Way back when I first started out my career, most computers were absolute junk. Whether you were into Windows (both Windows 3.1 and Windows 95) or Mac, chances are the thing had more crashes than an Insurance Institute testing lab. And, as someone who worked with computers a lot, it was only natural that I would get asked technical questions or just to provide general support.
Truthfully, I enjoyed helping. It was beyond the scope of being a web designer. But, back in the 90s, this technology was so new for everyone. A lot of folks were just learning how to use a computer and the internet. So it kind of came with the territory.
The reason I’m telling you this is because sometimes there is a bit of a misconception about web designers in general. I’m often mistaken for an IT expert, and unfortunately that’s far from the case!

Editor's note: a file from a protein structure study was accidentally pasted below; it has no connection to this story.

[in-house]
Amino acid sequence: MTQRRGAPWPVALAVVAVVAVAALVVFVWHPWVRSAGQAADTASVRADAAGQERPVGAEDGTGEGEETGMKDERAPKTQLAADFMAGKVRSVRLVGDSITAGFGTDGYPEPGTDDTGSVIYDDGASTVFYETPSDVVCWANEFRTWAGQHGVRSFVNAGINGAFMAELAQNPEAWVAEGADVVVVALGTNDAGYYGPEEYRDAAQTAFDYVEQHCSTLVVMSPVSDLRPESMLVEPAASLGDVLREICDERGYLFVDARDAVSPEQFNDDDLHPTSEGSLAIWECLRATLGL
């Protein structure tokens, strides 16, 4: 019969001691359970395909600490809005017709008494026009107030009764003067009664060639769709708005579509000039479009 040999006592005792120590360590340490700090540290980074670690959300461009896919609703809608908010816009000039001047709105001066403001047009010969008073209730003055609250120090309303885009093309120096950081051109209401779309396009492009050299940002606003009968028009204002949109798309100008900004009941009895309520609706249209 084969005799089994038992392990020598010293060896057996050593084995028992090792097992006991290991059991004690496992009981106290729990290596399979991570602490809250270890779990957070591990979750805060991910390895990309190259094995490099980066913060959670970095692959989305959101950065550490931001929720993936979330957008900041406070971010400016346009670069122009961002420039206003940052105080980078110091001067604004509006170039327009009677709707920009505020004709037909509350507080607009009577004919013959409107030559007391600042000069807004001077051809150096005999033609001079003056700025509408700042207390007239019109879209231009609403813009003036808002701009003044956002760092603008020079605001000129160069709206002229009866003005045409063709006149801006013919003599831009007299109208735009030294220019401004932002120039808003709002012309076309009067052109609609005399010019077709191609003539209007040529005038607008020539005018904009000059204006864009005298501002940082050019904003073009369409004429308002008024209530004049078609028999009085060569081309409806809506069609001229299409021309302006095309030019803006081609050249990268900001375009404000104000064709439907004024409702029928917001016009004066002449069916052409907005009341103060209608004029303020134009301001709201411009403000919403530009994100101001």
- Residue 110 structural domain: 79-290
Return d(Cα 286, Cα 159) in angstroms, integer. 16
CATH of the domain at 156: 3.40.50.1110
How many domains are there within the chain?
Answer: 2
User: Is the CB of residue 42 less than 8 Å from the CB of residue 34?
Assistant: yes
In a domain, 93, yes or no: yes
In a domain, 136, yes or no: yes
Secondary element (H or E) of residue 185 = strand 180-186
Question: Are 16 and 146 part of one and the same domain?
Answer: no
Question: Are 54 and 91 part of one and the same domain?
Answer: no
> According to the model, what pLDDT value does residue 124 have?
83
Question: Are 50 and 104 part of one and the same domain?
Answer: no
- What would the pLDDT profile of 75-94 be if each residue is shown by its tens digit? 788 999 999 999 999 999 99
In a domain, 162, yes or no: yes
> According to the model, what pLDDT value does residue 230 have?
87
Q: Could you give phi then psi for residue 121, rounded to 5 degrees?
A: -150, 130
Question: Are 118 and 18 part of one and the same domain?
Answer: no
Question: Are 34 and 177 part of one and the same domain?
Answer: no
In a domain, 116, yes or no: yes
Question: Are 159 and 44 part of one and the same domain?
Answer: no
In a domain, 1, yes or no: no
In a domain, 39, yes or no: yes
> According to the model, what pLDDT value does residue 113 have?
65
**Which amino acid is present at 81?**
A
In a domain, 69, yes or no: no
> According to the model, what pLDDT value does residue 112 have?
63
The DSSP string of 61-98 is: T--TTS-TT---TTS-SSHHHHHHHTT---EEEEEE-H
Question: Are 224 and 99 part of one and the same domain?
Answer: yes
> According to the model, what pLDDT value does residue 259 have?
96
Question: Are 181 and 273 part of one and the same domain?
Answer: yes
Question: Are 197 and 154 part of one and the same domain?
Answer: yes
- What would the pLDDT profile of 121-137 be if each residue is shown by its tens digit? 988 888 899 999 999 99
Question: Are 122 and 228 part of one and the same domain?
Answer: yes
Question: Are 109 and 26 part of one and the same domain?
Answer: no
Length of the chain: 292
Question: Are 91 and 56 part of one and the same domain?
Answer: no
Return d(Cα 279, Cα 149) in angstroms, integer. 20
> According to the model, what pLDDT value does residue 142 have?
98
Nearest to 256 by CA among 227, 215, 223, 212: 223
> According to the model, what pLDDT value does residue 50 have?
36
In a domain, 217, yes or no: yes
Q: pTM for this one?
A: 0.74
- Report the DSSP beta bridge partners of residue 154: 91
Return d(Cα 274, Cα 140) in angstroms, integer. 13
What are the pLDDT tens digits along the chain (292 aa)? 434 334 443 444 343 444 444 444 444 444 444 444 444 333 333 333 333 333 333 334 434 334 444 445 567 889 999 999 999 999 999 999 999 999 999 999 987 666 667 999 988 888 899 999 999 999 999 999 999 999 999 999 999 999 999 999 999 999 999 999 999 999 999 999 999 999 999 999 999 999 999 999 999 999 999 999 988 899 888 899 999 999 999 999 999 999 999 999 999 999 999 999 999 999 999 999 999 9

It’s not that I don’t know anything at all about IT issues, but it is certainly not something I deal with on a daily basis. Before I had my own business, I worked in a standard corporate environment full of networks, etc. That was 15 years ago – yikes!
So, I speak from experience (and with my tongue-in-cheek) when I provide the following list of the…
Top Ten Things Your Web Designer Probably Can’t Help You With:
- Network connectivity problems
- Setting up your mobile device (importing contacts, etc.)
- Providing support for software we don’t personally use
- Hardware installation or troubleshooting (I’ve been asked!)
- Stealing copyrighted images (again, I’ve been asked)
- Giving legal advice, unless you run into that rare lawyer/web designer combination
- Creating a business plan
- Settle arguments with colleagues (amazingly, yes, I’ve been asked)
- Resolving a Blue Screen of Death
- Installing a wireless router
Goodnight everybody, I’ll be here all week! Seriously, though – I don’t mind helping out with any sort of technical question you may have. Just don’t expect miracles 😉